• The use of the asylum ban in expedited removal and the relaunch of the Trump-era practice of conducting Credible Fear Interviews when asylum seekers are in CBP custody impedes access to counsel and prolongs detention of asylum seekers in dangerous and subpar conditions in border holding cells, which violates CBP guidelines. Despite the Biden administration’s attempts to support access to legal consultations, the vast majority of those in custody do not have meaningful access to legal assistance or representation before or during their interviews. The systemic due process issues that exist in expedited removal are amplified when people seeking asylum are in CBP custody. These issues, in addition to those inherent in the asylum ban, lead people with refugee claims to be returned to harm.

The asylum ban is a new iteration of transit and entry bans promulgated by the Trump administration that were repeatedly enjoined or struck down by federal courts as they violated U.S. law. A federal district court ruled in July 2023 that the Biden administration’s asylum ban is unlawful, but it remains in place while the administration appeals this decision. The asylum ban has generated strong and diverse opposition from faith groups, Holocaust survivors, major unions, civil rights organizations, members of the president’s political party, and other key Biden administration allies. As a candidate, President Biden promised to end such policies.


Instead of banning and blocking people seeking asylum, the Biden administration and Congress should double down on humane and effective strategies that the administration has already initiated or announced, including to quickly ramp up regional refugee resettlement plans, strengthen parole initiatives, increase humanitarian and other aid to address protection gaps in the Americas, maximize access to ports of entry, properly staff asylum and immigration court adjudications, improve and restart use of the Biden administration’s new asylum processing rule to help adjudicate a greater number of asylum cases more efficiently and take other key steps previously recommended by Human Rights First.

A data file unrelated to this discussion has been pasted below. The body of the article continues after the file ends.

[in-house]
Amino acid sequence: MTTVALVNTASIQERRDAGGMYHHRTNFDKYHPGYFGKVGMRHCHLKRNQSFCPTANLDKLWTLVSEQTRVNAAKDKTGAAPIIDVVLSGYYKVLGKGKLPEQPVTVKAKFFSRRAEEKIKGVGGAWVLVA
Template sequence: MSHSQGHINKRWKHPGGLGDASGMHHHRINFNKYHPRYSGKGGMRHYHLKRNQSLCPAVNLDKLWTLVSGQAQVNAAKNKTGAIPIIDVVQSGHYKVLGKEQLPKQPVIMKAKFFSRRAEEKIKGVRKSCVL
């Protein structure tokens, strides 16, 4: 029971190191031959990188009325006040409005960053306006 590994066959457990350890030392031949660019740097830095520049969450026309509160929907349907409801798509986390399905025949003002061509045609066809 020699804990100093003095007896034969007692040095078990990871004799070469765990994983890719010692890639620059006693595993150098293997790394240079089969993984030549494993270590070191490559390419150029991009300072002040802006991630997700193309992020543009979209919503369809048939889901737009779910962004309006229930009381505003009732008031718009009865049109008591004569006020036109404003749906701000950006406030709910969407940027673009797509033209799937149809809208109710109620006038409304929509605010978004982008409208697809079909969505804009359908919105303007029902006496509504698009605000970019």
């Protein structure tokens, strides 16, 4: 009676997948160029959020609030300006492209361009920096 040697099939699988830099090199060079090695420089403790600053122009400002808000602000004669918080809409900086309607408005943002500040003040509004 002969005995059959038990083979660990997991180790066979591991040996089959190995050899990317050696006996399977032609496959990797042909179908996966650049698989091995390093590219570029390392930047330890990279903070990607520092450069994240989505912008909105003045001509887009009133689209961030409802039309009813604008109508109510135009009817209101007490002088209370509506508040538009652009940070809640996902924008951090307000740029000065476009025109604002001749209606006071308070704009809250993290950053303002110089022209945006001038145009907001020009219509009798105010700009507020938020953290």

The Biden administration should rescind its asylum ban and end accompanying policies that unjustly punish and turn away people seeking asylum. Instead, the administration should take effective and humane steps to address challenges at the border as Human Rights First has long recommended and outlines in this report.

The Administration should:

  • Maximize access to asylum at U.S. ports of entry: conduct processing at more ports of entry, ensure access at ports of entry for people who do not have CBP One appointments, and increase the number of CBP One appointments offered;
  • Implement a whole of government approach to reception efforts: create a centralized White House office to coordinate between the federal government, states, cities, and the non-government organizations that provide essential humanitarian services, and work with Congress to secure robust and sustainable appropriations for this vital work;
  • Ensure access to work authorization and prompt processing of work permit applications necessary for both migrants and receiving communities;
  • Strengthen the asylum adjudication system to ensure fair and timely outcomes;
  • Expand and strengthen the Biden administration’s parole and regional refugee resettlement programs, as well as diplomacy and support for protection in the Americas;
  • Press the Government of Mexico to ensure people seeking U.S. asylum have access to U.S. ports of entry and to take steps to protect the safety and human rights of migrants and asylum seekers, including those waiting to seek U.S. asylum.

Read the full report below.



  • Christina Asencio

Published on May 7, 2024